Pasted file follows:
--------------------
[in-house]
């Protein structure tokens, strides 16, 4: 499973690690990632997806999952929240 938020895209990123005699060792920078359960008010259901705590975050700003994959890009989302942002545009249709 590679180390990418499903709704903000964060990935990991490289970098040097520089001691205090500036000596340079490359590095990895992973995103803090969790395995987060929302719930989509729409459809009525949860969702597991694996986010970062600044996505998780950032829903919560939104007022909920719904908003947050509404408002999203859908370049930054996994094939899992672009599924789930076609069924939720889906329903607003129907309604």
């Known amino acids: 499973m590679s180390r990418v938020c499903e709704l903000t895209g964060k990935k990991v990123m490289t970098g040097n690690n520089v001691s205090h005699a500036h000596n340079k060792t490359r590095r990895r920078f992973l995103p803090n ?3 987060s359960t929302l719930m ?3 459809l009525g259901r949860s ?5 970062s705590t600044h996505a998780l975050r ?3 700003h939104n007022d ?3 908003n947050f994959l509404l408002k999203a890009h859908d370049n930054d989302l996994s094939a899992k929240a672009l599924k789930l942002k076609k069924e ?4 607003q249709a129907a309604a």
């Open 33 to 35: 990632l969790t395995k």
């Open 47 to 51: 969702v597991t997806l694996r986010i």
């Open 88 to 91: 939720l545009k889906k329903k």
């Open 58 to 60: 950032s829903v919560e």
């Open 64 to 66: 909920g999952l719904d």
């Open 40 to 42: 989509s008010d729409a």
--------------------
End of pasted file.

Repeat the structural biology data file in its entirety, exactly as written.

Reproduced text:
[in-house]
């Protein structure tokens, strides 16, 4: 499973690690990632997806999952929240 938020895209990123005699060792920078359960008010259901705590975050700003994959890009989302942002545009249709 590679180390990418499903709704903000964060990935990991490289970098040097520089001691205090500036000596340079490359590095990895992973995103803090969790395995987060929302719930989509729409459809009525949860969702597991694996986010970062600044996505998780950032829903919560939104007022909920719904908003947050509404408002999203859908370049930054996994094939899992672009599924789930076609069924939720889906329903607003129907309604």
């Known amino acids: 499973m590679s180390r990418v938020c499903e709704l903000t895209g964060k990935k990991v990123m490289t970098g040097n690690n520089v001691s205090h005699a500036h000596n340079k060792t490359r590095r990895r920078f992973l995103p803090n ?3 987060s359960t929302l719930m ?3 459809l009525g259901r949860s ?5 970062s705590t600044h996505a998780l975050r ?3 700003h939104n007022d ?3 908003n947050f994959l509404l408002k999203a890009h859908d370049n930054d989302l996994s094939a899992k929240a672009l599924k789930l942002k076609k069924e ?4 607003q249709a129907a309604a």
């Open 33 to 35: 990632l969790t395995k």
């Open 47 to 51: 969702v597991t997806l694996r986010i």
């Open 88 to 91: 939720l545009k889906k329903k």
């Open 58 to 60: 950032s829903v919560e």
């Open 64 to 66: 909920g999952l719904d």
């Open 40 to 42: 989509s008010d729409a």